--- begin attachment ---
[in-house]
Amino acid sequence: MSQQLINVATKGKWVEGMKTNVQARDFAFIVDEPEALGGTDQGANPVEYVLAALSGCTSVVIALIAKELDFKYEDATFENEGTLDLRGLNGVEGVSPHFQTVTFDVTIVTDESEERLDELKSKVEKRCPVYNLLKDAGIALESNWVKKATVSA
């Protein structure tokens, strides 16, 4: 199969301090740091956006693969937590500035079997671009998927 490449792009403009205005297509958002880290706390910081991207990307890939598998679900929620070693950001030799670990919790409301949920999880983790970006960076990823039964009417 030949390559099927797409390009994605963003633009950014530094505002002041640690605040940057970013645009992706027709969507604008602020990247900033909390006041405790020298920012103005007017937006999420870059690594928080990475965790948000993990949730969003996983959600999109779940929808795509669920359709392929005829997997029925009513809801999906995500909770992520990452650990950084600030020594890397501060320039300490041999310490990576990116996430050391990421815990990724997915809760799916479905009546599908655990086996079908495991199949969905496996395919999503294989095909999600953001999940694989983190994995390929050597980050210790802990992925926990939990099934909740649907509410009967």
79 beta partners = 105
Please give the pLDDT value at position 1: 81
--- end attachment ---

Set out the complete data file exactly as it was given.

[in-house]
Amino acid sequence: MSQQLINVATKGKWVEGMKTNVQARDFAFIVDEPEALGGTDQGANPVEYVLAALSGCTSVVIALIAKELDFKYEDATFENEGTLDLRGLNGVEGVSPHFQTVTFDVTIVTDESEERLDELKSKVEKRCPVYNLLKDAGIALESNWVKKATVSA
């Protein structure tokens, strides 16, 4: 199969301090740091956006693969937590500035079997671009998927 490449792009403009205005297509958002880290706390910081991207990307890939598998679900929620070693950001030799670990919790409301949920999880983790970006960076990823039964009417 030949390559099927797409390009994605963003633009950014530094505002002041640690605040940057970013645009992706027709969507604008602020990247900033909390006041405790020298920012103005007017937006999420870059690594928080990475965790948000993990949730969003996983959600999109779940929808795509669920359709392929005829997997029925009513809801999906995500909770992520990452650990950084600030020594890397501060320039300490041999310490990576990116996430050391990421815990990724997915809760799916479905009546599908655990086996079908495991199949969905496996395919999503294989095909999600953001999940694989983190994995390929050597980050210790802990992925926990939990099934909740649907509410009967």
79 beta partners = 105
Please give the pLDDT value at position 1: 81